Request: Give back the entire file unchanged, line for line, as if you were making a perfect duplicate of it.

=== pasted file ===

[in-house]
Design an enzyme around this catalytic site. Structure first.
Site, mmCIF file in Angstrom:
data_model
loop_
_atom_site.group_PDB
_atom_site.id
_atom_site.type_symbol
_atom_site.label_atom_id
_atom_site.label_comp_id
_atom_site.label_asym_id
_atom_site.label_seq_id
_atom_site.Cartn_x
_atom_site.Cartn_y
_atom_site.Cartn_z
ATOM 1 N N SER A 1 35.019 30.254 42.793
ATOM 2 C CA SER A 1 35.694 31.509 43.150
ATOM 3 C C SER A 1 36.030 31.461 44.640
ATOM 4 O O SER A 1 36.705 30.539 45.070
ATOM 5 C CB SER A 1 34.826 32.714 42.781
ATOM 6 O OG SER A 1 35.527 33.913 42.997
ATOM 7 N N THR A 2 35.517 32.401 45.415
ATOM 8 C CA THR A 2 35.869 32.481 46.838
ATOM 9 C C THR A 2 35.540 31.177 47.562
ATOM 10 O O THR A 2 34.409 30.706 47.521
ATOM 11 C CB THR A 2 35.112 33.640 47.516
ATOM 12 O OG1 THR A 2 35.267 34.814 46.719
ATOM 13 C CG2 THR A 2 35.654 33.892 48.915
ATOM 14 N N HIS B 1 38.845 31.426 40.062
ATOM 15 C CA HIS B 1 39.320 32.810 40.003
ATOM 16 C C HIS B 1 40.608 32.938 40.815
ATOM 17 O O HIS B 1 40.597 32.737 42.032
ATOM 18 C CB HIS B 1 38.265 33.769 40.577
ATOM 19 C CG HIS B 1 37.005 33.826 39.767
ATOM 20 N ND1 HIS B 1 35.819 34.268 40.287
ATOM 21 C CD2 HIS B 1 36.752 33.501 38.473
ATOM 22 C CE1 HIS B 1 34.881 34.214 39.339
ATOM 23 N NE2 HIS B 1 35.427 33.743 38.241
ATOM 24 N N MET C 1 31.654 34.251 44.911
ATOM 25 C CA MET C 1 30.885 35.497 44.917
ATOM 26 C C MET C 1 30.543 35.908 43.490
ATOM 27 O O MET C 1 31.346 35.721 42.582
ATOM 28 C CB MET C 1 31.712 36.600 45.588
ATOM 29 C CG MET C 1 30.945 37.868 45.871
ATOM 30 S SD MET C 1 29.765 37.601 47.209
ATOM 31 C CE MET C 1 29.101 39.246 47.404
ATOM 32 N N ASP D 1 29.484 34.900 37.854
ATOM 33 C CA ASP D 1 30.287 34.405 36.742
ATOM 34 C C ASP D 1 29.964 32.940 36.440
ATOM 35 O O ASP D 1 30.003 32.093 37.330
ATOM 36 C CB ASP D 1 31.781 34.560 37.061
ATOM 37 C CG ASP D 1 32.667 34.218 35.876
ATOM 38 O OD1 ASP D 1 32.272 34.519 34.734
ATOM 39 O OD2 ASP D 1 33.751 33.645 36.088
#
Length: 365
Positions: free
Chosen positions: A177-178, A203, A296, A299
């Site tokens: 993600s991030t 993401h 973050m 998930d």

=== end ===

[in-house]
Design an enzyme around this catalytic site. Structure first.
Site, mmCIF file in Angstrom:
data_model
loop_
_atom_site.group_PDB
_atom_site.id
_atom_site.type_symbol
_atom_site.label_atom_id
_atom_site.label_comp_id
_atom_site.label_asym_id
_atom_site.label_seq_id
_atom_site.Cartn_x
_atom_site.Cartn_y
_atom_site.Cartn_z
ATOM 1 N N SER A 1 35.019 30.254 42.793
ATOM 2 C CA SER A 1 35.694 31.509 43.150
ATOM 3 C C SER A 1 36.030 31.461 44.640
ATOM 4 O O SER A 1 36.705 30.539 45.070
ATOM 5 C CB SER A 1 34.826 32.714 42.781
ATOM 6 O OG SER A 1 35.527 33.913 42.997
ATOM 7 N N THR A 2 35.517 32.401 45.415
ATOM 8 C CA THR A 2 35.869 32.481 46.838
ATOM 9 C C THR A 2 35.540 31.177 47.562
ATOM 10 O O THR A 2 34.409 30.706 47.521
ATOM 11 C CB THR A 2 35.112 33.640 47.516
ATOM 12 O OG1 THR A 2 35.267 34.814 46.719
ATOM 13 C CG2 THR A 2 35.654 33.892 48.915
ATOM 14 N N HIS B 1 38.845 31.426 40.062
ATOM 15 C CA HIS B 1 39.320 32.810 40.003
ATOM 16 C C HIS B 1 40.608 32.938 40.815
ATOM 17 O O HIS B 1 40.597 32.737 42.032
ATOM 18 C CB HIS B 1 38.265 33.769 40.577
ATOM 19 C CG HIS B 1 37.005 33.826 39.767
ATOM 20 N ND1 HIS B 1 35.819 34.268 40.287
ATOM 21 C CD2 HIS B 1 36.752 33.501 38.473
ATOM 22 C CE1 HIS B 1 34.881 34.214 39.339
ATOM 23 N NE2 HIS B 1 35.427 33.743 38.241
ATOM 24 N N MET C 1 31.654 34.251 44.911
ATOM 25 C CA MET C 1 30.885 35.497 44.917
ATOM 26 C C MET C 1 30.543 35.908 43.490
ATOM 27 O O MET C 1 31.346 35.721 42.582
ATOM 28 C CB MET C 1 31.712 36.600 45.588
ATOM 29 C CG MET C 1 30.945 37.868 45.871
ATOM 30 S SD MET C 1 29.765 37.601 47.209
ATOM 31 C CE MET C 1 29.101 39.246 47.404
ATOM 32 N N ASP D 1 29.484 34.900 37.854
ATOM 33 C CA ASP D 1 30.287 34.405 36.742
ATOM 34 C C ASP D 1 29.964 32.940 36.440
ATOM 35 O O ASP D 1 30.003 32.093 37.330
ATOM 36 C CB ASP D 1 31.781 34.560 37.061
ATOM 37 C CG ASP D 1 32.667 34.218 35.876
ATOM 38 O OD1 ASP D 1 32.272 34.519 34.734
ATOM 39 O OD2 ASP D 1 33.751 33.645 36.088
#
Length: 365
Positions: free
Chosen positions: A177-178, A203, A296, A299
């Site tokens: 993600s991030t 993401h 973050m 998930d």